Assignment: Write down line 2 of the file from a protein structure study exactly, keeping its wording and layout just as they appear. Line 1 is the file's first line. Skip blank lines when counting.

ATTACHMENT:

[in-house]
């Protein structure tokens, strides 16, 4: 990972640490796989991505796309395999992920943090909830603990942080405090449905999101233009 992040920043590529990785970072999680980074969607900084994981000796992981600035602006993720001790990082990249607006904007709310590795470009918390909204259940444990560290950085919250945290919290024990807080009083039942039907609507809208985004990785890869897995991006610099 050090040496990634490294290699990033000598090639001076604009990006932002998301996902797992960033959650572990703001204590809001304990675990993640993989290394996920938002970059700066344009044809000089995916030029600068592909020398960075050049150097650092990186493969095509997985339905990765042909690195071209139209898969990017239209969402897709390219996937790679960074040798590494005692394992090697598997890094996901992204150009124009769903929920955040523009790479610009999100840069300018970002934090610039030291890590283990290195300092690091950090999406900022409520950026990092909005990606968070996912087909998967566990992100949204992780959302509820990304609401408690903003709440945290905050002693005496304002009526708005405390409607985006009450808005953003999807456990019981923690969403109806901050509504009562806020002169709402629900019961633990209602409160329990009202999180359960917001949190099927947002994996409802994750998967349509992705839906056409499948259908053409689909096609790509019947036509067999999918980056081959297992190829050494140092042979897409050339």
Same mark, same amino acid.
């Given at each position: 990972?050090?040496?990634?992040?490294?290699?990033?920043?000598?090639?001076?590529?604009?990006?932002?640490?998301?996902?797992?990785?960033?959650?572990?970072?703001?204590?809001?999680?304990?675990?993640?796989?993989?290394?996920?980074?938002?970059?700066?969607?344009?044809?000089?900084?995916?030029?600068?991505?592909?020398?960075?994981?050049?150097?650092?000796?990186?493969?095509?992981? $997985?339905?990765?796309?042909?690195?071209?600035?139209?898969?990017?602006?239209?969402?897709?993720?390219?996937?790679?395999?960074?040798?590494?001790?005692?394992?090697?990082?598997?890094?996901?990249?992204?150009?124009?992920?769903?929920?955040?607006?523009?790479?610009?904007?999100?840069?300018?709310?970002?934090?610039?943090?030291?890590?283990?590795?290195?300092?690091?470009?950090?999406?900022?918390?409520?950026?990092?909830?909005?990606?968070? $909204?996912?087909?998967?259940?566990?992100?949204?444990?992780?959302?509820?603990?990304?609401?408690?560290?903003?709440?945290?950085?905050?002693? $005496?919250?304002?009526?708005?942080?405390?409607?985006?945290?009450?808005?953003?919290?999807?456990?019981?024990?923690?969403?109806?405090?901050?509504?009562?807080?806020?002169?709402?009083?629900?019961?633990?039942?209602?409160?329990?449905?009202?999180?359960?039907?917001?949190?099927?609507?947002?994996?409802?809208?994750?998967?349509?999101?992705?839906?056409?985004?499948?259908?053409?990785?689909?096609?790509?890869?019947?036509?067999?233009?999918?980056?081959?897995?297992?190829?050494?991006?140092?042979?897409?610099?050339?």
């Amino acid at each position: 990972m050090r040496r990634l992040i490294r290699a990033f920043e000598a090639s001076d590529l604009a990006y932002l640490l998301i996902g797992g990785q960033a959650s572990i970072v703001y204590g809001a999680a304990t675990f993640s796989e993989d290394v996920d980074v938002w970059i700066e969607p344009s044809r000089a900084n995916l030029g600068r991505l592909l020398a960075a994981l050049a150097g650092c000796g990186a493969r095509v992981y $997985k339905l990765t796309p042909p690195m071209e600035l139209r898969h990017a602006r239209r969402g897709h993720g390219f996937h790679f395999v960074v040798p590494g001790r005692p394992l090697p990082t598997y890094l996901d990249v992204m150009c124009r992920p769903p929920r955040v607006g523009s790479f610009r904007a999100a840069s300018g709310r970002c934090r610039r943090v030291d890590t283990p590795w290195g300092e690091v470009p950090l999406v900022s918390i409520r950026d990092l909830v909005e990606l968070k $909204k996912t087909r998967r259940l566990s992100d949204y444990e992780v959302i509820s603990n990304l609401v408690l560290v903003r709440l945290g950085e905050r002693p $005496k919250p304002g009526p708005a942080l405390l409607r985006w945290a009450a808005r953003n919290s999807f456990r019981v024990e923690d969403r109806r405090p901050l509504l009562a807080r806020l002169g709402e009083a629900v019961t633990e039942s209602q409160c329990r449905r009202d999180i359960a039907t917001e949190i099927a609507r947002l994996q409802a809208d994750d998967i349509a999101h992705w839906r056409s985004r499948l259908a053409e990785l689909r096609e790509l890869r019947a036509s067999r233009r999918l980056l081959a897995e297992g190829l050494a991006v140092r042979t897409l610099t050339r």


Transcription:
């Protein structure tokens, strides 16, 4: 990972640490796989991505796309395999992920943090909830603990942080405090449905999101233009 992040920043590529990785970072999680980074969607900084994981000796992981600035602006993720001790990082990249607006904007709310590795470009918390909204259940444990560290950085919250945290919290024990807080009083039942039907609507809208985004990785890869897995991006610099 050090040496990634490294290699990033000598090639001076604009990006932002998301996902797992960033959650572990703001204590809001304990675990993640993989290394996920938002970059700066344009044809000089995916030029600068592909020398960075050049150097650092990186493969095509997985339905990765042909690195071209139209898969990017239209969402897709390219996937790679960074040798590494005692394992090697598997890094996901992204150009124009769903929920955040523009790479610009999100840069300018970002934090610039030291890590283990290195300092690091950090999406900022409520950026990092909005990606968070996912087909998967566990992100949204992780959302509820990304609401408690903003709440945290905050002693005496304002009526708005405390409607985006009450808005953003999807456990019981923690969403109806901050509504009562806020002169709402629900019961633990209602409160329990009202999180359960917001949190099927947002994996409802994750998967349509992705839906056409499948259908053409689909096609790509019947036509067999999918980056081959297992190829050494140092042979897409050339």